A close-up of the trunks of three yellow cedar trees in a lush green forest.

Photo Credit: TMI / Alamy Stock Photo

Logging Roads Head Up Mt. Cain

When the valleys are all logged you can only go up

Logging companies are going after the last of the last

Last fall, Premier Horgan announced his old-growth plan that could defer logging on 26,000 square km of old forest across BC. That sounds like a lot. But it’s not. It’s just 4 percent of the forested land in the province.

And remember, they’re only potential deferrals, which means they’re not protected. In other words, these lands could be reopened to logging with a change of heart, or change of government.

Rather than retool for a future of cutting and milling 2nd growth trees, for the most part, forest industry execs have dug in their heels.

They claim they need ten more years of access to old growth. For what? We’re not sure. But they’re a powerful lobby.

They’ve had it really good for a long time. But, for the most part, the old-growth in the valley bottoms on Vancouver Island has all been logged and replaced with tree plantations.

With the valleys emptied out, logging companies increasingly target high-elevation Vancouver Island forests. As a result, logging companies keep pushing roads higher into the mountains. That’s what’s happening with stands of ancient yellow cedar and hemlock next to Mt. Cain Alpine Park in the mountains above Woss.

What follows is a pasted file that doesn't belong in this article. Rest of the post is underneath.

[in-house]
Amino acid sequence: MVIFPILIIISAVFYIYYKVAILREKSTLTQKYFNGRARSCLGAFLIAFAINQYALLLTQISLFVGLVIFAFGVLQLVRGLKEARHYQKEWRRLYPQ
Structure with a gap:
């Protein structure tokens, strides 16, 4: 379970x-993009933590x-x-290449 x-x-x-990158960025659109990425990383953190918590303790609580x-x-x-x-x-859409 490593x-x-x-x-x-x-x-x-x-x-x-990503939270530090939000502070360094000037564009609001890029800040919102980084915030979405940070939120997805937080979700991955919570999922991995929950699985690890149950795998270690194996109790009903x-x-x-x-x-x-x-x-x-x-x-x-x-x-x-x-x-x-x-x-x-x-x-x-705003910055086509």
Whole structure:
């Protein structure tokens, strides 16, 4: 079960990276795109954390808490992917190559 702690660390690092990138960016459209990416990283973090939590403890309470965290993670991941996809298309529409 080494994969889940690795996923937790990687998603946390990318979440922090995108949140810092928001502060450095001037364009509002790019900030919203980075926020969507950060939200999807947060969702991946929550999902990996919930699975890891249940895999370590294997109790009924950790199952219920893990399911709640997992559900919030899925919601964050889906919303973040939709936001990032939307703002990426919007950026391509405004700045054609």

The forest sits within Tree Farm License (TFL) 37, a tenure held by Western Forest Products. New roads have been punched in, and the flagging tape has been hung in preparation for logging. The targeted forest sits in a subalpine bowl, Mt. Hapush. A lot of people probably thought it was protected.

It’s not, but it should be.  

Such places are like the last of the last. The stout yellow cedars and hemlocks are long-lived, but they grow really slowly. They’re also threatened by climate change. Their branches are covered in lichens.

We recently spoke to a biologist who studied lichens and mushrooms in BC’s old-growth forests. He calls Horgan’s logging deferrals “too little, too late.” But, of course, any protection of what’s still standing is better than nothing.

But our forest sector is at a crossroads.

The choice is clear. We can endure some short-term pain, compel the logging industry to rethink how they do forestry, and help communities and First Nations in rural BC diversify their economies.

Or, we can keep pushing roads to the mountain tops and wipe out what’s still left alive.